With regards to schooling, this consensus has driven us to severely undermine the potential of students based on their performance in school. We are told at a young age that if we work hard, we will get a good education, which will then lead us to a good job. This is something many youth don’t believe, and they have reason not to. Post-secondary degrees no longer guarantee jobs, but students aren’t being presented with appealing alternatives. This is to say that young adults that don’t get a post-secondary education, be it by choice or because of poor grades, are being viewed as “failures” by society.

I think this view is mostly because of the interpretation of good grades as intelligence. This is so false a notion I cannot even fathom how much I hate this mode of thinking. BLARGH. There are seven types of intelligences:

Your grades do NOT measure your intelligence! The only intelligence that gets measured in the common classroom is logical-mathematical. Every other intelligence gets shunned within classroom walls or is only implicitly acknowledged. Classes that are available to students which focus on the other intelligences tend to be undermined. Our society doesn’t value “skills that aren’t in the standard curriculum” (frenchfirecracker) and this is stunting the potential of many students. As a result, intelligent people are thinking that they are not intelligent because their strength lies in intelligences that aren’t reflected in their school grades.

When I was going through highschool, university was the most realistic option. My parents were (are) both working and I had good grades. I had not even considered any alternatives to a university education. I wasn’t aware there were any alternatives—like apprenticeship and vocational studies—as I completed my application forms to McMaster University and the University of Waterloo. In highschool, there was this constant unspoken pressure that if you wished to pursue a career that wasn’t in science, math, or business, you would have a hard time getting a job.

I knew many students who weren’t getting good grades but were so, so good at things outside of the classroom. These students were often the ones that grew up hating school and learning.

Education is a process of living and not a preparation for future living. – John Dewey

The youth of today are being saturated by so many mediums of knowledge: television, the internet, books, video games, etc. There is just so much access to new things to learn from, be the information vocational (career-related) or not. It’s no wonder students get bored in school. Why would anyone be interested in knowing the various mechanisms a benzene ring can undergo under acidic conditions when they can instead be learning about something that truly interests them from random websites on the internet? Our students are not getting “dumber” nor is ADHD an epidemic  among them. It’s just that the things they are learning in school and the way in which it is presented to them is just so  boring when compared to things they can learn about on their own, that they would choose to learn about.

What can be done about this lack of interest amidst an oversaturated life of knowledge? I’m not really sure. One thing I do know is that encouraging students to think outside of the box is the best way to prepare them for any sort of future. The educational system doesn’t stress critical and creative thinking enough, at least not for my taste.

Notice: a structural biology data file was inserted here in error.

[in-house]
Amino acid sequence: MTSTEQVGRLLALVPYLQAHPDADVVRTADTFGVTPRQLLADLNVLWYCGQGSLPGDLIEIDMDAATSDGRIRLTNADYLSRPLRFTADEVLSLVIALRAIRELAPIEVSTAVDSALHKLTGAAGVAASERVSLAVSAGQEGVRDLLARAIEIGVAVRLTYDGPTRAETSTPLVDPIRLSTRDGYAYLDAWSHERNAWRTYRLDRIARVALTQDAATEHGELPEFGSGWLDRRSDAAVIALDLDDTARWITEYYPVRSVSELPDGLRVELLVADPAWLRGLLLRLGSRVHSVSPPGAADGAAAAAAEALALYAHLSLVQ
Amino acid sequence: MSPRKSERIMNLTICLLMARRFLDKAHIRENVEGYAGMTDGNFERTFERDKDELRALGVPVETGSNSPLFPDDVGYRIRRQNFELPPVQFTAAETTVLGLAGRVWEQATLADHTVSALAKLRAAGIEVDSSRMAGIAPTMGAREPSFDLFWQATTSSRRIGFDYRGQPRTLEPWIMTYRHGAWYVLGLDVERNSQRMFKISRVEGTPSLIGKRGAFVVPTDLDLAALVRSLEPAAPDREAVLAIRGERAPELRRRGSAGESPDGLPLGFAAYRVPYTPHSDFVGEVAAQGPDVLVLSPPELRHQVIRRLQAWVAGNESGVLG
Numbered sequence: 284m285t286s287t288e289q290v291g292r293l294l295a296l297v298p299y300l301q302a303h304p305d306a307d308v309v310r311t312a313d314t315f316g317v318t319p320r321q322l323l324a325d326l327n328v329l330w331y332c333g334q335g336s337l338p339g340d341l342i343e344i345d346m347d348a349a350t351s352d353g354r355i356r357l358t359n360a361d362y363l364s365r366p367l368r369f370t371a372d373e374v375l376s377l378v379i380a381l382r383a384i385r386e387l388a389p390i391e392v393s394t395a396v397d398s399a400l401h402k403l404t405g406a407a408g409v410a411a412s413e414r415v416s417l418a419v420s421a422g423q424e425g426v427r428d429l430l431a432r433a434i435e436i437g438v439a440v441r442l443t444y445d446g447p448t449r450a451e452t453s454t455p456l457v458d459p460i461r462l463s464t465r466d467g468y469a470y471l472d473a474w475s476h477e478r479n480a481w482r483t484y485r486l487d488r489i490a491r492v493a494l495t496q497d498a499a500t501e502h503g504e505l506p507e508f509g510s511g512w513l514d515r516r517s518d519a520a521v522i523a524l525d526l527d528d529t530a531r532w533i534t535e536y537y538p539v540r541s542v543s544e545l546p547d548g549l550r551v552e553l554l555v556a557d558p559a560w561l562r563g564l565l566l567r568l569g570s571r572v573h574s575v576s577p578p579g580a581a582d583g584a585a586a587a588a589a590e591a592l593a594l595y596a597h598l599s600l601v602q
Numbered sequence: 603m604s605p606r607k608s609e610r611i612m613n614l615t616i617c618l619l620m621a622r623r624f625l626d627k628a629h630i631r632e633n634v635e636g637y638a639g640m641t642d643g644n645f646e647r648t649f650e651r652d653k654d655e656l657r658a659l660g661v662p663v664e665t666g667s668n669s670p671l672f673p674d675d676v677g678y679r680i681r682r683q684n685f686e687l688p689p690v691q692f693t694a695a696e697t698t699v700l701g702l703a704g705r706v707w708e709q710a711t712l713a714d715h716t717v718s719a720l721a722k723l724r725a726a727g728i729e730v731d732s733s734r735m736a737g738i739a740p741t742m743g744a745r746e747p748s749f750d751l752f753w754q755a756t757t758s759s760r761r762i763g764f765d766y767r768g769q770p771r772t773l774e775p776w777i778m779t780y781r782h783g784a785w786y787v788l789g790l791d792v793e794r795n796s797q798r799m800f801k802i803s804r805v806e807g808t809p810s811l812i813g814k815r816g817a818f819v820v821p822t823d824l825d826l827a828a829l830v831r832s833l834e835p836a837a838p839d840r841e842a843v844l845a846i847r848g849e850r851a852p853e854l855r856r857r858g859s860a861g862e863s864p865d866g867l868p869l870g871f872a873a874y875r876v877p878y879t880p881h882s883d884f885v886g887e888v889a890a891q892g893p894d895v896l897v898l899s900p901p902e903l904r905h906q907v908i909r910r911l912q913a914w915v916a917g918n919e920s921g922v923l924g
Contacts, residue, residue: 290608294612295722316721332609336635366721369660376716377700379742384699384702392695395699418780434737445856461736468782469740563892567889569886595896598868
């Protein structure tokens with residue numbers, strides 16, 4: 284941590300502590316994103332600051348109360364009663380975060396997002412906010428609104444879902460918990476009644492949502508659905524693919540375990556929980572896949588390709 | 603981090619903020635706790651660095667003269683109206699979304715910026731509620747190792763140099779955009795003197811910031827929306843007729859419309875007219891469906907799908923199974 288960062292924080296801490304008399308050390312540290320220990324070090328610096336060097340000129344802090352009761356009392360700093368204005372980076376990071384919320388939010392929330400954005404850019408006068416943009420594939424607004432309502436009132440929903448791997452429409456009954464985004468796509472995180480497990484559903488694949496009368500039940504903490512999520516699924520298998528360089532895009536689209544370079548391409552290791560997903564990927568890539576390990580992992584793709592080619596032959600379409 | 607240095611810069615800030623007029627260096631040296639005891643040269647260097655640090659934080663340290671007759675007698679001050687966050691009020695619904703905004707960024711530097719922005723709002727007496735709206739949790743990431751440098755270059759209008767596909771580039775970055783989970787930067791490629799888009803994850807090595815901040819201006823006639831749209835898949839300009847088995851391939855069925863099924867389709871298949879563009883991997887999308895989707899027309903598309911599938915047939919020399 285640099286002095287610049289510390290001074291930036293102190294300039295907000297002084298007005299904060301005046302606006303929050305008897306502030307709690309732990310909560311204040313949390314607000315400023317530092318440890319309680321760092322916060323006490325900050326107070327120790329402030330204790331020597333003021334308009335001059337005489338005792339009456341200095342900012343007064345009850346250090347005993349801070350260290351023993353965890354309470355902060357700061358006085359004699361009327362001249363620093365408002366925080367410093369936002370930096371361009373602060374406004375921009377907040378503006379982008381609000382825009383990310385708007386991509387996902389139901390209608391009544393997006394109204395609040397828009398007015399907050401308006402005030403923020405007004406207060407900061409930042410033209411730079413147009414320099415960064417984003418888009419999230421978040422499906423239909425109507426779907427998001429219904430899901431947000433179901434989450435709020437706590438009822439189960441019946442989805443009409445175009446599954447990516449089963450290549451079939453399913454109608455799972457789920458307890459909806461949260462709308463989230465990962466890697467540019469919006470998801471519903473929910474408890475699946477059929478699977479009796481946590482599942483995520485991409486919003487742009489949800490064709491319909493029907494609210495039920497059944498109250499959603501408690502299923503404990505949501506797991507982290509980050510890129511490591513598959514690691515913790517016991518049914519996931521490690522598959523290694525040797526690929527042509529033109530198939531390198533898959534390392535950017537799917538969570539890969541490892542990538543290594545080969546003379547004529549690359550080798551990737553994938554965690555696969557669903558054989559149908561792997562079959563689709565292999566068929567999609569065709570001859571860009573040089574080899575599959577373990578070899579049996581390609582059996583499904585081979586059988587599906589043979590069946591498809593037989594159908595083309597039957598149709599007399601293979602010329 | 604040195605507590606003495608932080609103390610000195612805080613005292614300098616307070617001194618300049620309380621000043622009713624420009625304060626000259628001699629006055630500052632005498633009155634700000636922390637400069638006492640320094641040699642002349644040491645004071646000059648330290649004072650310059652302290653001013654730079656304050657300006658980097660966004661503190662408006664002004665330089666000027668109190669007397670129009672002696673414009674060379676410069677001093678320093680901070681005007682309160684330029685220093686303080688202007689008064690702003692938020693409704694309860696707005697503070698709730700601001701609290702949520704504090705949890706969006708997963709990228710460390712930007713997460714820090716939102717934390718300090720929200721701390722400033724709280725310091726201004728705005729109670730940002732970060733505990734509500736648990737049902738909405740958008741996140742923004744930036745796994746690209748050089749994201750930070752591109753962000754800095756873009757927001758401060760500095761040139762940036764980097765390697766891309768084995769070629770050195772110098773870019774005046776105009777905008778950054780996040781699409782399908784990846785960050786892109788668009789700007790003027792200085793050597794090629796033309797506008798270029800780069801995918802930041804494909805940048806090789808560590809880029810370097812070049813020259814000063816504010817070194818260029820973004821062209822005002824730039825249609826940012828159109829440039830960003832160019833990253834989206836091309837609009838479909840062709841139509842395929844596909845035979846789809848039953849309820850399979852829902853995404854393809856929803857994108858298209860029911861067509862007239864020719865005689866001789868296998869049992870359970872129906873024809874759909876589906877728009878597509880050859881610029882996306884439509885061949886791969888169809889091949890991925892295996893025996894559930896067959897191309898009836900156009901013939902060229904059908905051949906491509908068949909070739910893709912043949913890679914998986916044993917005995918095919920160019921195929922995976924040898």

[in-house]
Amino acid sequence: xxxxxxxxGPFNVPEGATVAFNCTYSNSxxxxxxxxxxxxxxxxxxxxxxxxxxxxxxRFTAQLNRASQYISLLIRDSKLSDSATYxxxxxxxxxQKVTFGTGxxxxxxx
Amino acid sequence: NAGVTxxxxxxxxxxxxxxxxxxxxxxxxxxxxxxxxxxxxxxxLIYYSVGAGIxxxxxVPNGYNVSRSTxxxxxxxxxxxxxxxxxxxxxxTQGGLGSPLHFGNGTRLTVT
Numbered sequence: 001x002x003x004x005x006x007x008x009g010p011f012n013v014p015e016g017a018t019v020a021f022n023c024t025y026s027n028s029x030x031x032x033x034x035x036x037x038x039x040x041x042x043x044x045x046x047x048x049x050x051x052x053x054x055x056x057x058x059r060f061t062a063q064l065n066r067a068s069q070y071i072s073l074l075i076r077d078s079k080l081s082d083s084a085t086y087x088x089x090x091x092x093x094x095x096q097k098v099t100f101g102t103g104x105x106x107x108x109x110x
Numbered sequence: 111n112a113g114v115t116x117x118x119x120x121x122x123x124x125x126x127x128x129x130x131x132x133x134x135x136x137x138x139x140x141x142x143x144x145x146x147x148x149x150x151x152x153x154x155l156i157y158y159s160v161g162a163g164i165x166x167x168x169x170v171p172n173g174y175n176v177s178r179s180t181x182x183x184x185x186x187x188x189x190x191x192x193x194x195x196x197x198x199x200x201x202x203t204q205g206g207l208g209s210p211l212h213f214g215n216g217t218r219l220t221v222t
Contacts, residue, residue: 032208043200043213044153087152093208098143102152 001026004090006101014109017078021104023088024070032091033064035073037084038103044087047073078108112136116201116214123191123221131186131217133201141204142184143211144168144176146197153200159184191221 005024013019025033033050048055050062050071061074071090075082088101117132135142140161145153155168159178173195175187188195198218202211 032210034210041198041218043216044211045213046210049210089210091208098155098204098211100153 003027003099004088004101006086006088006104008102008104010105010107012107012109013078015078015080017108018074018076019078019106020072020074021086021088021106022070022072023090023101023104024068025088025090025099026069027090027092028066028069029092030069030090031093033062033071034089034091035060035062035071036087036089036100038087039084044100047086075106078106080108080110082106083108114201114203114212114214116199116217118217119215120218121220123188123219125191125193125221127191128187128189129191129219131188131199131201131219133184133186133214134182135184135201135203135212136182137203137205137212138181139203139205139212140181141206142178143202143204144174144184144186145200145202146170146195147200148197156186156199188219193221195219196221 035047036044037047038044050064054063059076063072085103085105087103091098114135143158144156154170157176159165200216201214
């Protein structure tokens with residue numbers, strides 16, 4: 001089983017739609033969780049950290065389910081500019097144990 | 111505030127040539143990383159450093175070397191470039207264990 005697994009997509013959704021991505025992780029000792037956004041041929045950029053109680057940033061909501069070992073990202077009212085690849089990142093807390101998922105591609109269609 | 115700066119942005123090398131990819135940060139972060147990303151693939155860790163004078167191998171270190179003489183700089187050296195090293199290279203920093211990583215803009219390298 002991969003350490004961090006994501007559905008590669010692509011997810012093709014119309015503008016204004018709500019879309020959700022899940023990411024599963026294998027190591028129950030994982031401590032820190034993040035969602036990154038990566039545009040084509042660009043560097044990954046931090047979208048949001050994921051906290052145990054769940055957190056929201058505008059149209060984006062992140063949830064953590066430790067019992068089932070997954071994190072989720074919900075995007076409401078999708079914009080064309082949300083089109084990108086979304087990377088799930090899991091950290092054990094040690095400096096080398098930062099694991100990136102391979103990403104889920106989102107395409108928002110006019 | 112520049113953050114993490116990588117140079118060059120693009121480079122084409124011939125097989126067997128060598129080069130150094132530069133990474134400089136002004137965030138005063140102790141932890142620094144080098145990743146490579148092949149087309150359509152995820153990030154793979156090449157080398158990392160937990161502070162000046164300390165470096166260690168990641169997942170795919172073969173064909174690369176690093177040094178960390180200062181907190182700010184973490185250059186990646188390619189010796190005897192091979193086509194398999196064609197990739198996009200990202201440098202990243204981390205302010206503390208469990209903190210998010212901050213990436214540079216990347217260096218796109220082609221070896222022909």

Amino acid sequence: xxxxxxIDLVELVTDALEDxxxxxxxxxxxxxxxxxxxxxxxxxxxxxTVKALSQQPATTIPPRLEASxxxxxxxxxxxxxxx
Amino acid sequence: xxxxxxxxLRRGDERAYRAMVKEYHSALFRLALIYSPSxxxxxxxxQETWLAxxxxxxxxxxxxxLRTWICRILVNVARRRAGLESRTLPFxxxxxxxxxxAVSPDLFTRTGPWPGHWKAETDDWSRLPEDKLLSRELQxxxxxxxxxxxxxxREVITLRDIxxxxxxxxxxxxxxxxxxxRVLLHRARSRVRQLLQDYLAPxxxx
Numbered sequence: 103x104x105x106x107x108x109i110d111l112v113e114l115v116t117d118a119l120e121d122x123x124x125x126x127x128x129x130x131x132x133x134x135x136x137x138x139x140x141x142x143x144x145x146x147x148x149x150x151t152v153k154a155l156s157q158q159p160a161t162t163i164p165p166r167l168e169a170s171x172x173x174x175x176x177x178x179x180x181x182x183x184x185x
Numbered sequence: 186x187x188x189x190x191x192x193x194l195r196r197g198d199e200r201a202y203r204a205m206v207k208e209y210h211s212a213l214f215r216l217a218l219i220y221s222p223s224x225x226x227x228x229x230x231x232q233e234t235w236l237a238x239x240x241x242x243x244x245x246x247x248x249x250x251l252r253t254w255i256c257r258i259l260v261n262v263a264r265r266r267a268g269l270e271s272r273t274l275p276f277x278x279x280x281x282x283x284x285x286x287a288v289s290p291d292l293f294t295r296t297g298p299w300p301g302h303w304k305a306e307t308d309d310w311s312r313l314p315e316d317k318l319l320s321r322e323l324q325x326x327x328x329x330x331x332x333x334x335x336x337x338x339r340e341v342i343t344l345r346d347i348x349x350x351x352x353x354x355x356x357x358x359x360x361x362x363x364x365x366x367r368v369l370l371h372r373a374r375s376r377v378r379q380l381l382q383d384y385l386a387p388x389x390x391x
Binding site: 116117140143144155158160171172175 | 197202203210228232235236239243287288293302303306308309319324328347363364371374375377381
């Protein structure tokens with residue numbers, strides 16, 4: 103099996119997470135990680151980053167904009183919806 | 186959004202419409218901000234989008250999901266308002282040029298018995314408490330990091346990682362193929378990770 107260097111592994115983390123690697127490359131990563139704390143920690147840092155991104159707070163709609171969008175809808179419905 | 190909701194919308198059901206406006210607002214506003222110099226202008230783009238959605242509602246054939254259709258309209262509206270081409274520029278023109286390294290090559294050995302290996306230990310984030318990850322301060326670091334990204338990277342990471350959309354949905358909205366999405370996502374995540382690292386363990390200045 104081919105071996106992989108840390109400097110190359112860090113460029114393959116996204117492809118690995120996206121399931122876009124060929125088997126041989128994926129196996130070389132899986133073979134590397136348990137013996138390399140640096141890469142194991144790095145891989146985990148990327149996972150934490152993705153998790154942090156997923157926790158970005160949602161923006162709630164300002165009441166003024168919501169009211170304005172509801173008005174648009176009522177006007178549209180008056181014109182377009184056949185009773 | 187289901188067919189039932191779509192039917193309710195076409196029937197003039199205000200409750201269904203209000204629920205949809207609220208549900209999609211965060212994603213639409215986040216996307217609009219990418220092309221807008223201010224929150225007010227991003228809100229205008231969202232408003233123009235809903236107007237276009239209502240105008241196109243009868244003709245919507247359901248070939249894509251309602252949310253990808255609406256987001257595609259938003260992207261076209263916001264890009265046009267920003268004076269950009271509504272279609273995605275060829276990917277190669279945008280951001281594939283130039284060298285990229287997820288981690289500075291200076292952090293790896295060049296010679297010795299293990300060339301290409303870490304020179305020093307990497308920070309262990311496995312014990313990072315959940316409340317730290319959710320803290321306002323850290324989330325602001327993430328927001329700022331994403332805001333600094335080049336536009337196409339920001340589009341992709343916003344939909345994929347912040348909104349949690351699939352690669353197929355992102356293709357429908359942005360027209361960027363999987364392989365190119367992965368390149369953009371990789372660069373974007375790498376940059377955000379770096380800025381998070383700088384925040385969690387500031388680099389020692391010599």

School shouldn’t be all about getting the right answer. In the bigger picture of life, there isn’t always a correct answer. What should be more emphasized is the process of getting to that answer by thinking creatively and critically.

This post was inspired by this video by the RSA (an enlightenment organisation committed to finding innovative practical solutions to today’s social challenges) on Changing Education Paradigms. Please take a look and let me know what you think! Is the way our schools are structured enough to prepare our youth for the future? What should change? What needs to change?

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Spring time is daylight saving time… wait what’s that for again?

I know it’s spring when the first thing I hear in the morning is the chirping of birds outside my bedroom window. Bird songs are my favourite part of spring, especially after the silence that can be winter. Not that the silence cannot be beautiful in its own way, but that’s a topic I’m a bit late to write about.

Another mark of the beginning of spring is when daylight saving time begins. Daylight saving time; that lovely hour of sleep lost in the human  attempt to efficiently match the hours of the day with the altering levels of sun exposure the Earth receives as it orbits around the sun (well actually, this statement changes for different parts of the world). Mind you, I’m not an astronomer so I cannot explain nor do I fully understand the history of daylight saving.

So I decided to Wiki it to learn get a basic idea. It turns out that there is a lot of controversy on the topic. Back when daylight saving time was first implemented, it was meant to be a means for which people could save fuel in the evenings, when incandescent lights were still the norm. There’s a lot of conflicting reports, however, as to whether or not it is actually worth the loss of sleep. Continue reading